We often hear about acts of violence in our country, which may require an intervention by the police. But sometimes the actions, techniques, and methods used generate questions or criticism about the lawfulness and necessity of policing. Thus many in and out of law enforcement continue to look for ways to improve what we view as inappropriate police conduct.
Who are these men and women called upon to keep the order, peace, and safety of our communities? How are they recruited, trained, and supervised as they perform the duties we demand of them?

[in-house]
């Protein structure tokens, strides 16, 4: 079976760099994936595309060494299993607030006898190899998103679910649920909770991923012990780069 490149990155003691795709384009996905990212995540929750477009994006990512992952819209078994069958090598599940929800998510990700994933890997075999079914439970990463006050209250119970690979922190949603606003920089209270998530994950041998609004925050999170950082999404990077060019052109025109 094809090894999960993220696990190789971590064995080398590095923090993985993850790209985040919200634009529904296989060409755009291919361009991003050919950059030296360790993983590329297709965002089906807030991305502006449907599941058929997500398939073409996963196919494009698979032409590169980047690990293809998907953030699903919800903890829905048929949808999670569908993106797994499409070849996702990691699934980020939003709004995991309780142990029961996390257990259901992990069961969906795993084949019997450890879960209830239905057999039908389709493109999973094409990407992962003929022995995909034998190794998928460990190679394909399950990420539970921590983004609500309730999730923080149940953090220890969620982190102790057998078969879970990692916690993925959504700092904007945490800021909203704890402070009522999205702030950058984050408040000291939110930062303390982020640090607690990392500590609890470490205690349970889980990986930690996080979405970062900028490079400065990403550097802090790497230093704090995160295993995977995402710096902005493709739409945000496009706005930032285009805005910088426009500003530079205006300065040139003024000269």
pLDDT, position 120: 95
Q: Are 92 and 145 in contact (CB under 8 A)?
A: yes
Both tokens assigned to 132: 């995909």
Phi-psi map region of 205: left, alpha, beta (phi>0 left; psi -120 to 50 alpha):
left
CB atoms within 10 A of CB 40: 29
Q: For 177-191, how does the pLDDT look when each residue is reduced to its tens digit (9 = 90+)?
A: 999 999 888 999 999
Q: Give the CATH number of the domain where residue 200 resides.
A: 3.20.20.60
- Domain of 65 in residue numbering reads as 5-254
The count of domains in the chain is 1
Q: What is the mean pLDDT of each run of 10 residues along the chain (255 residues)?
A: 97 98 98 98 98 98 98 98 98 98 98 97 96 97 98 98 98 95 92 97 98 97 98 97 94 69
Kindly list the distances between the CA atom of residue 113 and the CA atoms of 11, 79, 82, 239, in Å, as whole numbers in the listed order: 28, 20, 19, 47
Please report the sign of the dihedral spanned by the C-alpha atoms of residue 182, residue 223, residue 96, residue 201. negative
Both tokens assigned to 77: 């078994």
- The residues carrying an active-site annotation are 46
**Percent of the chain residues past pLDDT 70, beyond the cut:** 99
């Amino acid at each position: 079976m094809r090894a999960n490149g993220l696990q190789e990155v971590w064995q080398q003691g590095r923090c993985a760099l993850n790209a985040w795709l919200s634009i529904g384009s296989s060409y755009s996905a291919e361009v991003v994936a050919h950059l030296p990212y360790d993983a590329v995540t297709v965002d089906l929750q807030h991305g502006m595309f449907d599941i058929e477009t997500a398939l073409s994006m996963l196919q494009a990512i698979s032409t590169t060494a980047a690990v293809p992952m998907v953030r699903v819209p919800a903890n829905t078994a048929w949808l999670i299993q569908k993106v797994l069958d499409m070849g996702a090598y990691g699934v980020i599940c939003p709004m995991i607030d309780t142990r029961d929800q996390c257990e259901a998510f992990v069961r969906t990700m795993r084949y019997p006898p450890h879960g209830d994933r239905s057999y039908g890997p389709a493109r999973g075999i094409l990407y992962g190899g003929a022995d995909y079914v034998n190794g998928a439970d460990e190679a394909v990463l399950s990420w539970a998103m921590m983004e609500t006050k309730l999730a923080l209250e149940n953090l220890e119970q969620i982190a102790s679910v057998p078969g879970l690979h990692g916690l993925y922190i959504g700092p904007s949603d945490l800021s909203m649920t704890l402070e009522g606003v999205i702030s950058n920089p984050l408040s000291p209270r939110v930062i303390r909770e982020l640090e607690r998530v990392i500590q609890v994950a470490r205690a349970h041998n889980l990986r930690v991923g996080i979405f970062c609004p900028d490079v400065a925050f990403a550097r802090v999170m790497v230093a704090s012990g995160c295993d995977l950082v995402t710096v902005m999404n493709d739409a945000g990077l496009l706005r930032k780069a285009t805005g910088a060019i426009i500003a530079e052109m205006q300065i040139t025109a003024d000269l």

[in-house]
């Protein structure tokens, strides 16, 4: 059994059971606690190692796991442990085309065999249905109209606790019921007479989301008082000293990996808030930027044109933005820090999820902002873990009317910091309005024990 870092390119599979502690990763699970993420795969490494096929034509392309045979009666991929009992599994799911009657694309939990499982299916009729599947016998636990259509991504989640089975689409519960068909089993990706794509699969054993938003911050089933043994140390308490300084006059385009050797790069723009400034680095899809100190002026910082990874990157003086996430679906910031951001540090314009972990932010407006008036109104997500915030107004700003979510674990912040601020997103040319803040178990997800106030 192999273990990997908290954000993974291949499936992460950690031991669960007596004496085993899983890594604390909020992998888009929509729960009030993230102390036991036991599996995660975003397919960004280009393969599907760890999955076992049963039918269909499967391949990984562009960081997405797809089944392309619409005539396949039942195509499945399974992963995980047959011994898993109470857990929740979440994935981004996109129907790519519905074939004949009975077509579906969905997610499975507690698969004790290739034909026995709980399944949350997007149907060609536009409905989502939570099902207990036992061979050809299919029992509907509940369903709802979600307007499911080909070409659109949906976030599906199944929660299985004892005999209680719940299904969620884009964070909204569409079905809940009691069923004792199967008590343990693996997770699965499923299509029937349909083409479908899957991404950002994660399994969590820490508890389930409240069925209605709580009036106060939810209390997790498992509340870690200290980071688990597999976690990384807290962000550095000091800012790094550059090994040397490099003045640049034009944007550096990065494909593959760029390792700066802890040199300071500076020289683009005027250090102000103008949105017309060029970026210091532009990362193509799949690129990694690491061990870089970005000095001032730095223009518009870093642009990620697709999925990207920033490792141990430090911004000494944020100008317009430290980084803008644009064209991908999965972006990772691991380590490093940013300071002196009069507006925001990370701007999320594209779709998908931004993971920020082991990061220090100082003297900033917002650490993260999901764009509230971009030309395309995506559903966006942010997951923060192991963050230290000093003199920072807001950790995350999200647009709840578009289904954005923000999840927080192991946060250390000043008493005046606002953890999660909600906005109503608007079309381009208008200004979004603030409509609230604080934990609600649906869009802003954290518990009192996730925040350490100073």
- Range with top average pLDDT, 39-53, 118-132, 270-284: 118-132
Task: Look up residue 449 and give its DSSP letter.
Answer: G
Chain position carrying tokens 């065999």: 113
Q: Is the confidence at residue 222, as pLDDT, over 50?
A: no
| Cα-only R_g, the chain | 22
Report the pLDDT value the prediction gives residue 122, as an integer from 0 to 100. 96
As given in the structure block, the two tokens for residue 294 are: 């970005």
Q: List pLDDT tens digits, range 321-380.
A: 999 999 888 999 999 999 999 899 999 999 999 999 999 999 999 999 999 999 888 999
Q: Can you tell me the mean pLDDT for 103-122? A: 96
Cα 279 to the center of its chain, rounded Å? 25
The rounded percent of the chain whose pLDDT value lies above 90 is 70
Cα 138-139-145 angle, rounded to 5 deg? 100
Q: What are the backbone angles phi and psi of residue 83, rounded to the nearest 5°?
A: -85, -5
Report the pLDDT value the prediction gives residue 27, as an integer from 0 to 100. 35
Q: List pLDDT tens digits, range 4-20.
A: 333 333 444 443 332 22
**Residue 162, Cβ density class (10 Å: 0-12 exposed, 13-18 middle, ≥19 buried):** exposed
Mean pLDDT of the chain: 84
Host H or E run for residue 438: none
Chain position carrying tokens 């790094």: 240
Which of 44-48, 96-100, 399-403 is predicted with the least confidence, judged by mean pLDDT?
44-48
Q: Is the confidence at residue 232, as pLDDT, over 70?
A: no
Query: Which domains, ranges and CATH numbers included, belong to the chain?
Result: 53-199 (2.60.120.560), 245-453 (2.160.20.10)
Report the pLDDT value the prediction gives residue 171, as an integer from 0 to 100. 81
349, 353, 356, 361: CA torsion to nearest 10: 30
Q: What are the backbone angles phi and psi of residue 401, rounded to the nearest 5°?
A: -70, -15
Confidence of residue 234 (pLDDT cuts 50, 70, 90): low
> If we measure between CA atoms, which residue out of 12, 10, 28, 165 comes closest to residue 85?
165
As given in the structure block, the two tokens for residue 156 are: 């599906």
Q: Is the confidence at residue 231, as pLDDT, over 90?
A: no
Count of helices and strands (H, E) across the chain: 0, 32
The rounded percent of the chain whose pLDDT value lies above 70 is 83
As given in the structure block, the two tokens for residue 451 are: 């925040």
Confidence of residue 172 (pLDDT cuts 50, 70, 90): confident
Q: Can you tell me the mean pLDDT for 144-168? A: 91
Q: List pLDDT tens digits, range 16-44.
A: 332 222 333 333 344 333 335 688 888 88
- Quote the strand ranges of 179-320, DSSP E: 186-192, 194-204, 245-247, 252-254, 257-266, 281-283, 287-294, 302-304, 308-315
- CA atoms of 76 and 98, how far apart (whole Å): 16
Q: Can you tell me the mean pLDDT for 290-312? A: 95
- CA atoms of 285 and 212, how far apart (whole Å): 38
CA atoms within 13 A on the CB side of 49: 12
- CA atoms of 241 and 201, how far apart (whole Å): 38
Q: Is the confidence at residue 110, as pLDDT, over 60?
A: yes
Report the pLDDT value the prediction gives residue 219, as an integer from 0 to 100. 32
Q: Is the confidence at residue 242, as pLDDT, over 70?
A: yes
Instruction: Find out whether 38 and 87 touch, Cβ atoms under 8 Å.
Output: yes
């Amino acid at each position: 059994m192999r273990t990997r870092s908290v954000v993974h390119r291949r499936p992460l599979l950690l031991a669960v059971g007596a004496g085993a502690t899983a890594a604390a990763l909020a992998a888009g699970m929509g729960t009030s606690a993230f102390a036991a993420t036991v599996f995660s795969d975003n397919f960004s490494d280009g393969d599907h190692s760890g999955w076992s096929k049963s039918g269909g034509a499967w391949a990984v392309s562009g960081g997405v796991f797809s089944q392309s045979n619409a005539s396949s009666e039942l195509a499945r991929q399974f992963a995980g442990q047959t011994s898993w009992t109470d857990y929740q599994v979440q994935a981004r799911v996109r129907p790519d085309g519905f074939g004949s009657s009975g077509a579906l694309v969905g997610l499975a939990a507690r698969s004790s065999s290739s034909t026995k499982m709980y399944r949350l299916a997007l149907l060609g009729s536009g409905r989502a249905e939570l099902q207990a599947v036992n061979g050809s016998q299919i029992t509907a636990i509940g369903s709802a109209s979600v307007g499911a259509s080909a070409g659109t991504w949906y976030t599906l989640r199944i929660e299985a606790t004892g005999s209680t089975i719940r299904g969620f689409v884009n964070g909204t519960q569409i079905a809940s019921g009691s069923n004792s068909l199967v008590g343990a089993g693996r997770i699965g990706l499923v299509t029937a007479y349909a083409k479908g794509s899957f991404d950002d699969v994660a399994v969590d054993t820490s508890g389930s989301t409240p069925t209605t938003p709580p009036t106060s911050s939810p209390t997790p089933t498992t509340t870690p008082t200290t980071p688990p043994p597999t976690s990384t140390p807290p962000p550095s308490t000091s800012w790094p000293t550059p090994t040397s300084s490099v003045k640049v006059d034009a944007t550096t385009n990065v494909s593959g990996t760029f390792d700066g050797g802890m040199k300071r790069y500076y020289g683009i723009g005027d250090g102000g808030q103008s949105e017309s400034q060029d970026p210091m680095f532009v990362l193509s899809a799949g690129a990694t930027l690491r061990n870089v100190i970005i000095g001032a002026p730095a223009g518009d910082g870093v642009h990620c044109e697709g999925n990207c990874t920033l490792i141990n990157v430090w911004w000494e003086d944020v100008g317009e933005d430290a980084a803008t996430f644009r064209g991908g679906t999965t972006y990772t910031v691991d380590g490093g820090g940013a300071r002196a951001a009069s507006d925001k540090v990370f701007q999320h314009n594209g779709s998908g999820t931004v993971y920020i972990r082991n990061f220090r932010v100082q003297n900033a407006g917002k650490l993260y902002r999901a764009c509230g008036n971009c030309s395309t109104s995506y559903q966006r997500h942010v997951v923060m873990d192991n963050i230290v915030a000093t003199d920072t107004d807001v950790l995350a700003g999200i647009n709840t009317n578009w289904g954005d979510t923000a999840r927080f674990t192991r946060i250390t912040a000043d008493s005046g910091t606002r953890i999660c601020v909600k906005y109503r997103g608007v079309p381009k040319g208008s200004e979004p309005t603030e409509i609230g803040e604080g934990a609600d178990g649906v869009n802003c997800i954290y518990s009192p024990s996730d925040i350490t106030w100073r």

Martin J. Schwartz’s book, Policing Is About People, examines the lawfulness and methodology of police actions and considerations in evaluating them. More importantly, it identifies the humanness of the police as told by a police officer. The book offers an opportunity to view policing as a function demanded by the people—our constitutional founders. Finally, the book considers how to make policing better, safer, and smarter for both the citizenry and the police.